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I had my bank call me a couple of days ago, asking if i needed any help with finances etc. As soon as they called they asked for my Mothers maiden name and asked me to confirm who I was. Also said they were from my local branch, but on a London number. Found it to be genuine in the end, although I didn't answer any of the questions just in case, seemed to be a bit amateur to say the least though.

 

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31 minutes ago, blandy said:

Yes, that would be better if it were the case that there is a way. I rather suspect there isn't.  What system is in place for any phone call from anyone. Ultimately it's just the recipient of the call who has to decide what to do. Yes, ask questions, or call them back, or...but really other than the words of the caller, there's little to go on with a phone call. If you can see caller id that helps, but many phones don't have that capability.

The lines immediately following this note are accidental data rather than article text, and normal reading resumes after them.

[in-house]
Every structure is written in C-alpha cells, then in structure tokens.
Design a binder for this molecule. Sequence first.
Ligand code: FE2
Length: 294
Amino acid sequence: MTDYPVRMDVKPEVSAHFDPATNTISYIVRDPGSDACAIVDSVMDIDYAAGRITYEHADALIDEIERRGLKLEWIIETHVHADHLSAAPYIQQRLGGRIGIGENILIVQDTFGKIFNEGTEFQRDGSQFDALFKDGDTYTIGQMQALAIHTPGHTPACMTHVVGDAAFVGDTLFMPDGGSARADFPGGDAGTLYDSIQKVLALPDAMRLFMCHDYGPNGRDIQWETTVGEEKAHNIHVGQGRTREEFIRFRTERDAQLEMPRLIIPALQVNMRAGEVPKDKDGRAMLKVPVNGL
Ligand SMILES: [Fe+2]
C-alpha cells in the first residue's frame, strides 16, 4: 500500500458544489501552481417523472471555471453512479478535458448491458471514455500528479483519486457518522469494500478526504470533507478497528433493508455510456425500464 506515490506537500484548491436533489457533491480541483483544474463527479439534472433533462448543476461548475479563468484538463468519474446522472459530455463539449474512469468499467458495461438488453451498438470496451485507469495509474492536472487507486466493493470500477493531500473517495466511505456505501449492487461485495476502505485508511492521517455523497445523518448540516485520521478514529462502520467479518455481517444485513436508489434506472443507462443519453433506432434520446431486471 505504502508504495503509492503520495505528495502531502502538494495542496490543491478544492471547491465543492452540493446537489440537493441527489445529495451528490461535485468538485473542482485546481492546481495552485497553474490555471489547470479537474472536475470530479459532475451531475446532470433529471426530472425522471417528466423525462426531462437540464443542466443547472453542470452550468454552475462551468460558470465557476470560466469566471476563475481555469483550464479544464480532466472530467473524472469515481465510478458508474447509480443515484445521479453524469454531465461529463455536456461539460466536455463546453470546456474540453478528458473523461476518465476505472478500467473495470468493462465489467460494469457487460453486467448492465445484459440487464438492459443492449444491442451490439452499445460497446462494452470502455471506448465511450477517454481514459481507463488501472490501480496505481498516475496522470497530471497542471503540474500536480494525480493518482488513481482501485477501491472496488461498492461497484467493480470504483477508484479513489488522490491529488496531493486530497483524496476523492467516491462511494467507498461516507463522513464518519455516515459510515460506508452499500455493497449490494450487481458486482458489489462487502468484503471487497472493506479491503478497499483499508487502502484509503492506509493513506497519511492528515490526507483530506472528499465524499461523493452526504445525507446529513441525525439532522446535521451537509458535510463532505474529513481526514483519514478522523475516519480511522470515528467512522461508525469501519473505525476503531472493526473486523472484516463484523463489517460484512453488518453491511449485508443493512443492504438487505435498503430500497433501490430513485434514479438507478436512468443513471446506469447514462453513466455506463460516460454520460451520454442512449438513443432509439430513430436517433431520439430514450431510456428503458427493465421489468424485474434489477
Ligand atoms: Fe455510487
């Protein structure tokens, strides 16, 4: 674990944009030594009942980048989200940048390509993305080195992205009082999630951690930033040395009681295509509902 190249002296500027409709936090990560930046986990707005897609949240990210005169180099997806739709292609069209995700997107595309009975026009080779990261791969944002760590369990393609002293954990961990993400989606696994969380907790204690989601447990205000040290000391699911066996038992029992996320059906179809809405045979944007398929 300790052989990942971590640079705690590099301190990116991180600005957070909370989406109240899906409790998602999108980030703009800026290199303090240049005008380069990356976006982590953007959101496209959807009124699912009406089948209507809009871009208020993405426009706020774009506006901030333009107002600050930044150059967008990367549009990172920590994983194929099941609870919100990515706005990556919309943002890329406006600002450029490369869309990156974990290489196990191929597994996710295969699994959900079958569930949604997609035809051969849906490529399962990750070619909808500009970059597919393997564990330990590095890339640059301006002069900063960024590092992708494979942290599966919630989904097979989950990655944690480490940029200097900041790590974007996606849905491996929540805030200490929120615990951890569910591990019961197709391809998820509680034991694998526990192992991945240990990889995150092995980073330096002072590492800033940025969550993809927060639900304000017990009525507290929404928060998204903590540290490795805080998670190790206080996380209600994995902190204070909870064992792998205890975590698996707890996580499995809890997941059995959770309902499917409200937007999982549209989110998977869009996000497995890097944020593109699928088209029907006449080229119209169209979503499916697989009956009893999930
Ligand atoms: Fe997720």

It could be the reverse of when we call companies, we give them some personal data to prove we are who we say we are.

Couldn’t the caller in this sense prove they are legit by quoting a test number, NI number, some other bit of personal information before proceeding?

hello mr Jones, I just want to discuss your test results reference ABC-123 taken at location X on [date & time]. We have your address as [address]”

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11 minutes ago, foreveryoung said:

As soon as they called they asked for my Mothers maiden name and asked me to confirm who I was.

I'd have put the phone down, banks do this all the time, it's the exact opposite of the way it should work. Questions like that are for when you phone them, not the other way around. Bank's enabling fraud and identity theft every day of the week

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The other problem with 'these are professionally trained individuals, it will be evident from how they speak' is that presumably at least some of them will be people who have been trained via a brief Zoom conference courtesy of Serco, and what we have learned of the 'training' they have received does not suggest that they will sound exactly like a medical professional.